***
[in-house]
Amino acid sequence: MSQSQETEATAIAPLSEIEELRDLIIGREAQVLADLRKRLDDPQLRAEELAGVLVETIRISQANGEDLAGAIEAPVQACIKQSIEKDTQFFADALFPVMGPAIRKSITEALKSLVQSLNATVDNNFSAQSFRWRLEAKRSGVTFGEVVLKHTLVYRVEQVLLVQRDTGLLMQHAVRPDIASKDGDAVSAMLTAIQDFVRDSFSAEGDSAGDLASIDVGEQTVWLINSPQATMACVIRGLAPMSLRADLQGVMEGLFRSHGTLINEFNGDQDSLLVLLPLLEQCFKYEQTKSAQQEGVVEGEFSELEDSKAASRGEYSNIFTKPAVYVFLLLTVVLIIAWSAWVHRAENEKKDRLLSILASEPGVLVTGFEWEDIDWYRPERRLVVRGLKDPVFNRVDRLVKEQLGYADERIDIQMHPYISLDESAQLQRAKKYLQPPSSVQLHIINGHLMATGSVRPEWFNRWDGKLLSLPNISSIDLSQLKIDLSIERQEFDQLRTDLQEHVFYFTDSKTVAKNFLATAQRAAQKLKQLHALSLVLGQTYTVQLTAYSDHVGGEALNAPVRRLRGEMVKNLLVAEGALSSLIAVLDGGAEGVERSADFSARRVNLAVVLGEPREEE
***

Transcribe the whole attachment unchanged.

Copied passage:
[in-house]
Amino acid sequence: MSQSQETEATAIAPLSEIEELRDLIIGREAQVLADLRKRLDDPQLRAEELAGVLVETIRISQANGEDLAGAIEAPVQACIKQSIEKDTQFFADALFPVMGPAIRKSITEALKSLVQSLNATVDNNFSAQSFRWRLEAKRSGVTFGEVVLKHTLVYRVEQVLLVQRDTGLLMQHAVRPDIASKDGDAVSAMLTAIQDFVRDSFSAEGDSAGDLASIDVGEQTVWLINSPQATMACVIRGLAPMSLRADLQGVMEGLFRSHGTLINEFNGDQDSLLVLLPLLEQCFKYEQTKSAQQEGVVEGEFSELEDSKAASRGEYSNIFTKPAVYVFLLLTVVLIIAWSAWVHRAENEKKDRLLSILASEPGVLVTGFEWEDIDWYRPERRLVVRGLKDPVFNRVDRLVKEQLGYADERIDIQMHPYISLDESAQLQRAKKYLQPPSSVQLHIINGHLMATGSVRPEWFNRWDGKLLSLPNISSIDLSQLKIDLSIERQEFDQLRTDLQEHVFYFTDSKTVAKNFLATAQRAAQKLKQLHALSLVLGQTYTVQLTAYSDHVGGEALNAPVRRLRGEMVKNLLVAEGALSSLIAVLDGGAEGVERSADFSARRVNLAVVLGEPREEE